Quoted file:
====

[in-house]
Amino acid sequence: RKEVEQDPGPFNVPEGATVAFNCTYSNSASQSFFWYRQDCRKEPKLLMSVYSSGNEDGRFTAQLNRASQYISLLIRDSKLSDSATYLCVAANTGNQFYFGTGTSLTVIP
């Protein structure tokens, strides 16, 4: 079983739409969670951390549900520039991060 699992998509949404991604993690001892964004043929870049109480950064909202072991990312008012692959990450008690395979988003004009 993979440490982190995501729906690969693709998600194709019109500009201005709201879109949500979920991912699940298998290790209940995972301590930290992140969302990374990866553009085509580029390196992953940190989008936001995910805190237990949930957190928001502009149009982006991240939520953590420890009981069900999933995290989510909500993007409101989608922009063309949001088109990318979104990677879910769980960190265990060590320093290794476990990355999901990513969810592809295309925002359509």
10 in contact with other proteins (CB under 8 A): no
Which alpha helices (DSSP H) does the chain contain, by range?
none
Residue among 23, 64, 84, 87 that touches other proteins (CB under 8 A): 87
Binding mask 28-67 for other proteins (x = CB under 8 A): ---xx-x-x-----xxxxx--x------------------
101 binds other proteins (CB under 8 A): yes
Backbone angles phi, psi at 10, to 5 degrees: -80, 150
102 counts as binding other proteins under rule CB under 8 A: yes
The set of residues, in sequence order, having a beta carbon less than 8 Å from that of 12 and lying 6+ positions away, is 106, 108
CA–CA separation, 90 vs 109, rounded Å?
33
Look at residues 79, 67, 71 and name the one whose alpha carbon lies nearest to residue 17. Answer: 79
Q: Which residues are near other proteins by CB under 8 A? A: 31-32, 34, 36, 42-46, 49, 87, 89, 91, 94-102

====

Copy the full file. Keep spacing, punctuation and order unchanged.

[in-house]
Amino acid sequence: RKEVEQDPGPFNVPEGATVAFNCTYSNSASQSFFWYRQDCRKEPKLLMSVYSSGNEDGRFTAQLNRASQYISLLIRDSKLSDSATYLCVAANTGNQFYFGTGTSLTVIP
């Protein structure tokens, strides 16, 4: 079983739409969670951390549900520039991060 699992998509949404991604993690001892964004043929870049109480950064909202072991990312008012692959990450008690395979988003004009 993979440490982190995501729906690969693709998600194709019109500009201005709201879109949500979920991912699940298998290790209940995972301590930290992140969302990374990866553009085509580029390196992953940190989008936001995910805190237990949930957190928001502009149009982006991240939520953590420890009981069900999933995290989510909500993007409101989608922009063309949001088109990318979104990677879910769980960190265990060590320093290794476990990355999901990513969810592809295309925002359509």
10 in contact with other proteins (CB under 8 A): no
Which alpha helices (DSSP H) does the chain contain, by range?
none
Residue among 23, 64, 84, 87 that touches other proteins (CB under 8 A): 87
Binding mask 28-67 for other proteins (x = CB under 8 A): ---xx-x-x-----xxxxx--x------------------
101 binds other proteins (CB under 8 A): yes
Backbone angles phi, psi at 10, to 5 degrees: -80, 150
102 counts as binding other proteins under rule CB under 8 A: yes
The set of residues, in sequence order, having a beta carbon less than 8 Å from that of 12 and lying 6+ positions away, is 106, 108
CA–CA separation, 90 vs 109, rounded Å?
33
Look at residues 79, 67, 71 and name the one whose alpha carbon lies nearest to residue 17. Answer: 79
Q: Which residues are near other proteins by CB under 8 A? A: 31-32, 34, 36, 42-46, 49, 87, 89, 91, 94-102